queer/disrupt gained insight on this piece by reading the abstract, as well as through an interview conducted by Hannah Ayres with Dante.
"...most of the added pictures are photographs I took myself, of myself and my things. Because, I needed to be present in some way in this work. Because it's not just an outside commentary on the queer community in the pandemics, it's my own subjective vision of it, and also of myself within it. Because it's also about my snot, about my blood, about my cum. Because it's about my guilt."
Dante is a gay man in his 20s from Paris and at the time of submission was studying for a masters in bioengineering. In our interview, he spoke about his relationship to queer and how he didn't feel necessarily in tune with it. He is trying to expand this knowledge and do more research when he is able.
"If I'm not afraid of getting AIDS, why should I be afraid of COVID" - the central text of this piece reads. When Dante heard someone say this during the summer of 2020, he was shocked. He originally felt this a really strange way to compare the two pandemics and felt that there should have been a fear present. This rhetorical question pointed out how similar these two pandemics are, but also how queer people's experience with HIV is deeply influencing their relationship with other diseases and their own health. Despite the death toll from HIV, some people developed a sort of desire for the virus, leading to the culture of bug chasing and gift giving. Desires of live were intertwined with desires of death. In a way, this is what is also happening with COVID-19 as we all want to live life to the fullest but there are sanitary measures that are necessary to preserve life, just like condoms and PrEP. This statement was used as a justification for breaking the lockdown rules for random hook-ups. Dante spoke about understanding lust, wanting to live, and not just surviving. He also understands not caring that you are endangering your own health. What he cannot understand is the absence of guilt when it comes to the possibility of infecting others. He wishes they felt guilt because he does. He feels guilty for not respecting social distancing. He lived with his parents, but his own desires for freedom gave him COVID and he realises the danger he put his family in.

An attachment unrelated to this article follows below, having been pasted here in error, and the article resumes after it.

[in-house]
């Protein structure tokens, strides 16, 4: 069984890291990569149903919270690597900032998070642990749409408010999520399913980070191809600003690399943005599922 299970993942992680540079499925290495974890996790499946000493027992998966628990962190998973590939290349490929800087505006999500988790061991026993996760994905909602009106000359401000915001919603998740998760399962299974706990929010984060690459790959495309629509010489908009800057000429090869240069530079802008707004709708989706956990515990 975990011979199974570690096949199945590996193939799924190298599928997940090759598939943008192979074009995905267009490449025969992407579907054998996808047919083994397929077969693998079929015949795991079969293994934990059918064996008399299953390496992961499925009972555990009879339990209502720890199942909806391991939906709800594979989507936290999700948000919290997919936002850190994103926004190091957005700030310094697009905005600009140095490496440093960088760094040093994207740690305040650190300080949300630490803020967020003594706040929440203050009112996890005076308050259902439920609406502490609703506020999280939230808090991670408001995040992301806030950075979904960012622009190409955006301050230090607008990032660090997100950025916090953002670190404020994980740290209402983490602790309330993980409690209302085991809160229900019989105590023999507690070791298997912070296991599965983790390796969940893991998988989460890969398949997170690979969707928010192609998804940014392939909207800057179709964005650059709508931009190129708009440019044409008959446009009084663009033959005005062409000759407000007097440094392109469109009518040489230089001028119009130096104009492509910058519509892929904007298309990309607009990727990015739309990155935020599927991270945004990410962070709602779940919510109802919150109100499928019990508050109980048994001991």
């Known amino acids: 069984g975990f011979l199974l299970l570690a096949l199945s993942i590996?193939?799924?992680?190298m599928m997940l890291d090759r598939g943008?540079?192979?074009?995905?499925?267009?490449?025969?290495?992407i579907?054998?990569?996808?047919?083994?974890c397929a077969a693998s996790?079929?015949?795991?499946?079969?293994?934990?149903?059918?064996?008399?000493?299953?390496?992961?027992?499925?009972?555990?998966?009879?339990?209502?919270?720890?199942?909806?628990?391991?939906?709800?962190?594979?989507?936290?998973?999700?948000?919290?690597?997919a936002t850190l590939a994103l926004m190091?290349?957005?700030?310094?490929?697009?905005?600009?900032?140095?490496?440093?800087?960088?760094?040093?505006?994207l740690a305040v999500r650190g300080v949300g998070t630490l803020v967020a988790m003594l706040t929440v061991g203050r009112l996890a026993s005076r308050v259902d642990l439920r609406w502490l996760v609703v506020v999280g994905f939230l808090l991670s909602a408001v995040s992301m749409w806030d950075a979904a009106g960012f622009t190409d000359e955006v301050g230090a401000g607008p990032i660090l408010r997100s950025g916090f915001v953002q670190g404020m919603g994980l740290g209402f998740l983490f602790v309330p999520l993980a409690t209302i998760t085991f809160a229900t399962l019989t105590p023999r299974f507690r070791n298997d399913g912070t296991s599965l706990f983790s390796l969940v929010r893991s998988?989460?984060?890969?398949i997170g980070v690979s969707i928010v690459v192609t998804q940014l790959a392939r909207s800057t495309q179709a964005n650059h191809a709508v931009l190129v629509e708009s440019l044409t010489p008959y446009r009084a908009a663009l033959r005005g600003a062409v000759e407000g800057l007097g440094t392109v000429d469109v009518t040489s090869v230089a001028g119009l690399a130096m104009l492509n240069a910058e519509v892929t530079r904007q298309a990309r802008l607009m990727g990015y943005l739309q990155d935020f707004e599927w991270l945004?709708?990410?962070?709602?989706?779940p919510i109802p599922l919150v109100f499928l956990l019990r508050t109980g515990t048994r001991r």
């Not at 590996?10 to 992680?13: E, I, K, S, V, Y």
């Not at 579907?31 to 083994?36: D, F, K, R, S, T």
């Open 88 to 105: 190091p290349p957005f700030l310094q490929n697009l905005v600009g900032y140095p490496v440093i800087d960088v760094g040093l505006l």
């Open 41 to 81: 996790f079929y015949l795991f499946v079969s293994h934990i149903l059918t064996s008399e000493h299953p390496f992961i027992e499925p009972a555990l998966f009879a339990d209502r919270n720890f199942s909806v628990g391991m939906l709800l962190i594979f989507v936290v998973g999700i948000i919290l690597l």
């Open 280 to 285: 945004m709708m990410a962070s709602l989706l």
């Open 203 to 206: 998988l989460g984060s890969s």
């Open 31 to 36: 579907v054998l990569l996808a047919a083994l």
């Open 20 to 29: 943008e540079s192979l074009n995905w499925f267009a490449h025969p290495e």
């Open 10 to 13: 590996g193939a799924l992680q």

Dante has been interested for a while in the painting "Vanitas" by painter Jan Sanders van Hemessen. He saw the painting in real life and felt an attraction to it; as well as liking the imagery generally, Dante felt this piece perfectly represents queer vanity, which is why he used it as the base for this work. He wanted it to be seen as a double reflection of this vanity, diffracted by the central statement. In the piece, he plays with symmetry and antisymmetry, since for Dante, these are central notions when it comes to infecting others, and the underlying responsibilities and guilt. The mirrors reminded Dante of a cell phone and he drew connections between the way both allow us to perceive ourselves. This work is very personal and graphic, it contains a number of different images such as cum stains, dildos etc. To contextualize the painting into both the COVID and AIDs pandemics, he complemented it using symbols of each, but also queer symbols. The masks have a double purpose, as they reflect the idea of anonymity, which is constantly present in the queer community, as well as the masks used throughout the pandemic. Dante talked about the number of times he saw a picture of someone's genitals before their face, and so integrated one of these anonymous "dick pics" into the piece. The penis and dildo represent the two options available during both COVID and AIDs - sexual encounter with others or masturbation. They included blood, snot and cum as the "holy trinity of bodily fluids". The image of the moon points to the night and the movement to and from hook-ups.
Dante felt a lot of contradictions in their relationship towards the pandemic, particularly with regards to sexual relations. There was the danger of it juxtaposed with the positive and pleasurable nature of consensual sex. The paranoia and uneasiness connecting with the annoyance at having to take care being offset by the knowledge that you also have a responsibility to keep others safe. Dante expressed throughout that the quote at the centre of the piece showcased to them the lack of care some queer people approached the pandemic with and reflected that although he had made his own mistakes, he felt deeply guilty about this and stated that people should care about other people's health over their own. How do we hold others accountable when people approach the pandemic differently and there is disagreement over which rules to follow. This is a difficult issue to tackle, and this piece represents some of the contradictions, difficulties and emotions present in queer responses to the pandemic.